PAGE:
Bought food, dropped if off, back on the Tube to go to Canada House. (They actually do say, over the loudspeakers, MIND THE GAP, btw.) Jenn and I get out at Leicester Square — where the tkts booth is!! — grabbed an excellent mozzarella & veggie sandwich from a shop on a side street, then went to Trafalgar Square. National Gallery, Canada House, and Nelson’s Monument. It was — literally — too big to absorb. After being rained on intermittently, we went into Canada House so I could send an e-mail confirming my arrival, and there we saw Dennis & Allison again! They asked me to come by their hotel Wed. evening — 2112 — to perhaps do something. I was starting to feel run-down — Jenn insisted I MUST stay awake until my regular bedtime hour here, to reset my clock. So I asked if we could walk down to the river — the Thames. On the way we passed the gate to Buckingham’s gardens, the Horse Guards’ stables — two were at attention, on horseback. I stroked the nose of one horse — I think that’s what convinced me I am actually here. We continued on past Whitehall, then came to a street closed off by what looked like bike racks, and surrounded by bobbies. I said to Jenn “Is that Downing Street?” She said yes, and asked “Is it always like that?” She observed that Tony Blair wasn’t the most popular guy in Britain right now. She then elaborated on what wouldn’t happen if England won the quarter-final in Euro 2004 tonight — and what would happen if they did.
I was speechless, because by this time we’d reached the riverbank and I had the London Eye, Parliament and Westminster Abbey in front of me. Jenn had to get to Liverpool Station to get back to Glasgow. I figured she was right — I should buy my train ticket to Edinburgh sooner rather than later — I looked at my hostel booking from March, and now realized it was for the week of July 27, not June! Before that could sink in, the Tube announcer said the line would be disrupted because of a person under the train at a station ahead. I quietly said to Jenn “How often does that happen?” We reached Liverpool Station eventually, and were accosted by a guy dressed as lemon-yellow terrycloth dog, also carrying a bucket saying “Help the Aged”. Jenn gave him 50p. I was — I kid you not — a little scared. Two in one day?? Then I remembered: I’m in London.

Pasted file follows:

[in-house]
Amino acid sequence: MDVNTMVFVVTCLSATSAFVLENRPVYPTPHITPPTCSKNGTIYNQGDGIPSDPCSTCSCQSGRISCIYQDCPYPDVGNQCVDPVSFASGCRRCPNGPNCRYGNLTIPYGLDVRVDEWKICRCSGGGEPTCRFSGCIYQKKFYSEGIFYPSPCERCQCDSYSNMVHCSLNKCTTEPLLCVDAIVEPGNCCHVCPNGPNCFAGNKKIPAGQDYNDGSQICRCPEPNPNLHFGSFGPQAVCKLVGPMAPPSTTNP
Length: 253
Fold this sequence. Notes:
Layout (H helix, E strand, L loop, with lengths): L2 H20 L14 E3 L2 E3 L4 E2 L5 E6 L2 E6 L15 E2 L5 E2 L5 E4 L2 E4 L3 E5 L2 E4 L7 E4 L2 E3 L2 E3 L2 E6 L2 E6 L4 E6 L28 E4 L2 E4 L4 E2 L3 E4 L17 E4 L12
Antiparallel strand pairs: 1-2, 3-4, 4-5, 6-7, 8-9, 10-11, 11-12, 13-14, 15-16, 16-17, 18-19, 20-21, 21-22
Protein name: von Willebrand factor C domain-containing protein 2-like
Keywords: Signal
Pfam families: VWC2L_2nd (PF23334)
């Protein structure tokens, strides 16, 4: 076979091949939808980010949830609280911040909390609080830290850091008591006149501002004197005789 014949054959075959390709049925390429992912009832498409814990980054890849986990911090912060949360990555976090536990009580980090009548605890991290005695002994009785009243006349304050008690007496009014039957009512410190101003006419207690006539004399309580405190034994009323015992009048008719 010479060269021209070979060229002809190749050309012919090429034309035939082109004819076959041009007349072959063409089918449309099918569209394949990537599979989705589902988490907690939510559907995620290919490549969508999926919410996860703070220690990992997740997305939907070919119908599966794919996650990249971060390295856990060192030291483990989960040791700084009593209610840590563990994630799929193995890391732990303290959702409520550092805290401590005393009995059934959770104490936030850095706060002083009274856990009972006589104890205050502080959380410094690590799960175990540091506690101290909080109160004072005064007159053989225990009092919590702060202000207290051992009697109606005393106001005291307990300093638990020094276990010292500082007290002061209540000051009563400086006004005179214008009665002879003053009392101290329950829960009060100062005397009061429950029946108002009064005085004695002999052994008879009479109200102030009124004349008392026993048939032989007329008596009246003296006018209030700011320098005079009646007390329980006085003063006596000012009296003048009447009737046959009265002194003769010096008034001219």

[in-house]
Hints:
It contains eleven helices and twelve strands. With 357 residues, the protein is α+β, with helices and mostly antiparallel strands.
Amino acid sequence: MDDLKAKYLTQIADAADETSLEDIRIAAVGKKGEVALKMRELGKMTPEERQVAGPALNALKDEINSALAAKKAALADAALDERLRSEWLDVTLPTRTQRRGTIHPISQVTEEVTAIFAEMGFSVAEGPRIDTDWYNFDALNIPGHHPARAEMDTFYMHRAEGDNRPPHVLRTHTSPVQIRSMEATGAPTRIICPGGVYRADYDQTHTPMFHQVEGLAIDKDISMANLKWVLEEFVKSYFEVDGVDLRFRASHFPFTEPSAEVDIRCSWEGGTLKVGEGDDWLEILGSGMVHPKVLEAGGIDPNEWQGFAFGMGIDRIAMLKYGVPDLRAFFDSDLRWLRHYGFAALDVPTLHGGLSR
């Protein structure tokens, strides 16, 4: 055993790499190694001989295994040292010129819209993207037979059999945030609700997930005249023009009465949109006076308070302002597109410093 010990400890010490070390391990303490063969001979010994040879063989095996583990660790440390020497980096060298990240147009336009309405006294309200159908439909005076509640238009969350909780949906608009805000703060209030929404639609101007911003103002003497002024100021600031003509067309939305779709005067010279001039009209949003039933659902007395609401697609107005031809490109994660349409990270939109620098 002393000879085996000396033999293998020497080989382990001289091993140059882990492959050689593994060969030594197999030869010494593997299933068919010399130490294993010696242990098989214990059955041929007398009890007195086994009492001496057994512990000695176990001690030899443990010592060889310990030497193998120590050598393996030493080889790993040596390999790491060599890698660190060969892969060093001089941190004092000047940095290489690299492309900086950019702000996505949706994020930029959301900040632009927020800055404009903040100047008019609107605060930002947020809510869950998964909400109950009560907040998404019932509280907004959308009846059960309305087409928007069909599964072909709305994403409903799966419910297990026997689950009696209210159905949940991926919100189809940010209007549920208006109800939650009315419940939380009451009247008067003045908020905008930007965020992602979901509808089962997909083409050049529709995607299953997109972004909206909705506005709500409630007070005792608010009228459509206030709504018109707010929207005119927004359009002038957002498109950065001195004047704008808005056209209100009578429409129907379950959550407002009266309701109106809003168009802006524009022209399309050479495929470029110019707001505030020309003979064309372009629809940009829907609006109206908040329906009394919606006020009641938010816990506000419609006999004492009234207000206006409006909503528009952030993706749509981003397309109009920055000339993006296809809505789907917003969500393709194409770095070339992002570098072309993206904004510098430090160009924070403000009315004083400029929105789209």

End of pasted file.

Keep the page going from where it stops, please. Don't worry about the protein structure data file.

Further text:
Jenn left me to get on her train, and I almost got back to Earl’s Court on my own — then got off one stop too early, got hopelessly lost trying to find my way back to the hostel, then a very nice elderly gentleman took pity on me, looking helplessly at my Let’s Go and (useless!) London A to Z books, before telling me I was only a block away from Bolton Garden. He didn’t tell me it bends. But I did get back here, ate my microwavable salmon, and am now trying to decide if I should go have a pint somewhere and watch the football match.
I’m taking a page from fellow blogger Andrea Beca’s virtual book—-I will be posting now and again about my adventurous four years in Scotland.
I lived in Edinburgh from November 2004 to February 2008. I was about to turn 30, and absolutely hated where my life was at, so I applied to film school, and for a UK Ancestry Visa. The visa is the one I got. I quit my job, gave away or sold all my stuff, and flew one-way to London in June of 2004. It amazes me now to remember I was THAT crazy.
Not completely crazy—I had the first two months there fully planned out before I left. I spent a week in London, took the train to Edinburgh, and after a week there I meant to visit some distant cousins (whom I’d never met!) in Belfast. On my third day in Edinburgh, I trudged up Arthur’s Seat, got caught in a rainstorm, and on trying to carefully pick my way down an extinct volcano of sheer granite, I slipped and did…something to my left hand. Understand that I had never broken a bone before in my life, and had no clue what it felt like. So when in just a few minutes I lost feeling in my hand and it swelled and, I thought: “You’re in a foreign country. BE a hypochondriac and find a hospital.” So I tracked down the double-decker bus and made my first of several visits to the Royal Edinburgh Infirmary, where they confirmed I had broken TWO metacarpals, the thin bones below my pinky and ring fingers. My visit to Belfast was pushed back, and I had a cast on my hand well into my Fringe job that August.
When I was told at the hospital that I wouldn’t be able to get on a plane to Northern Ireland until they had done a second X-ray, my reaction was kind of odd. (And yes, I was actually thinking about my own reaction at that moment, because it was so odd.) I was told I couldn’t leave Edinburgh, and I immediately thought: “Okay.” I had come to the UK with an Ancestry visa which would allow me to work there, but I by no means had a job lined up, or any plans at all, for after summer. But I had been in Edinburgh at that point for 10 days, and had already decided I never wanted to leave. My hand’s broken, my plans and job at a Fringe venue might have been screwed up, but I was “stuck” in Edinburgh, and I couldn’t have been happier.